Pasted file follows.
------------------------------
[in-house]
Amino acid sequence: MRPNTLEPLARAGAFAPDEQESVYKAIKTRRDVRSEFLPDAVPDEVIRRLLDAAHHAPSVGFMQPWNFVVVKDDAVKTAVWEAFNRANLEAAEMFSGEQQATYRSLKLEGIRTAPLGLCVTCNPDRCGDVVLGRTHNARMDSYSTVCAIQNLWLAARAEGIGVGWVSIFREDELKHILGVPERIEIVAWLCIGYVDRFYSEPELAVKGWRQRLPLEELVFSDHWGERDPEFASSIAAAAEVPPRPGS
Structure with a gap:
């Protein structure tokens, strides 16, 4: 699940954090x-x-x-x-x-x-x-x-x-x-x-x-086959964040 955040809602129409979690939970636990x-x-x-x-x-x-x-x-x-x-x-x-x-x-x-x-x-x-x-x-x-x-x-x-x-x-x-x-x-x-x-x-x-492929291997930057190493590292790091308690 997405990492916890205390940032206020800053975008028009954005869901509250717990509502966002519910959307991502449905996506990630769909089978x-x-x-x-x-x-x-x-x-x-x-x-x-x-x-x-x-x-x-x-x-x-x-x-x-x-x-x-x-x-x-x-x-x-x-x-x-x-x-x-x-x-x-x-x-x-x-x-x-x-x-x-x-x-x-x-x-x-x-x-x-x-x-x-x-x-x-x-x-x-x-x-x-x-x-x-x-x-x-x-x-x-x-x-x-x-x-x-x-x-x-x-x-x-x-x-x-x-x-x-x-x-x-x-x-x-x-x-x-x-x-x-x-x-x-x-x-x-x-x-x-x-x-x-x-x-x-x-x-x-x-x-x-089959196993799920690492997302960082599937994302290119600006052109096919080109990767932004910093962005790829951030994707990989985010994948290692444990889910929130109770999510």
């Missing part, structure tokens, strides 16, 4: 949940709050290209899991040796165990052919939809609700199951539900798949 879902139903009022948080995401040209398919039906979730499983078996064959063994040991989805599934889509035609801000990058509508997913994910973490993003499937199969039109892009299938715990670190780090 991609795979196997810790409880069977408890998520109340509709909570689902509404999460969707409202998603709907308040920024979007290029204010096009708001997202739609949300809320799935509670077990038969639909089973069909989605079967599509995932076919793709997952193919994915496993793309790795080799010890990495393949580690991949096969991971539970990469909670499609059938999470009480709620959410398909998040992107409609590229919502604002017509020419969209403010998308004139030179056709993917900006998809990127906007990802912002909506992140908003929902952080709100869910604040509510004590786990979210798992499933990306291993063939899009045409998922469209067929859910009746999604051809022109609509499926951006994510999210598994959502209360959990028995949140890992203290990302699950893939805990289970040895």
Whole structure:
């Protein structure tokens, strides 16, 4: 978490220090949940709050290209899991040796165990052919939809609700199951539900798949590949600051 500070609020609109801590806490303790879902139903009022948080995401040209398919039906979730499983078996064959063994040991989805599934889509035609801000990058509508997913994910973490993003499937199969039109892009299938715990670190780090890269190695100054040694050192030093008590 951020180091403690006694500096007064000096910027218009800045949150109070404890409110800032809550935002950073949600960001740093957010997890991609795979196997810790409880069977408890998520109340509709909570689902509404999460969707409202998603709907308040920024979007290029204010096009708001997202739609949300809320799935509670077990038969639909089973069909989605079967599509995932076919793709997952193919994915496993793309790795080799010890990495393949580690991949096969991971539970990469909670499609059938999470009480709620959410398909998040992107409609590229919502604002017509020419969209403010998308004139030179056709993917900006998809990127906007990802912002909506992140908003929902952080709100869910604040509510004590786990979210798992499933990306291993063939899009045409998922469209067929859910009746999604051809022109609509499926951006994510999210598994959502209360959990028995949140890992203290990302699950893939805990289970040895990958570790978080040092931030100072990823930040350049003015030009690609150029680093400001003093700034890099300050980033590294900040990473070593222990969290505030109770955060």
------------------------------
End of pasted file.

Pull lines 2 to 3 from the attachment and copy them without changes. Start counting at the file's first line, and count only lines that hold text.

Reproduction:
Amino acid sequence: MRPNTLEPLARAGAFAPDEQESVYKAIKTRRDVRSEFLPDAVPDEVIRRLLDAAHHAPSVGFMQPWNFVVVKDDAVKTAVWEAFNRANLEAAEMFSGEQQATYRSLKLEGIRTAPLGLCVTCNPDRCGDVVLGRTHNARMDSYSTVCAIQNLWLAARAEGIGVGWVSIFREDELKHILGVPERIEIVAWLCIGYVDRFYSEPELAVKGWRQRLPLEELVFSDHWGERDPEFASSIAAAAEVPPRPGS
Structure with a gap: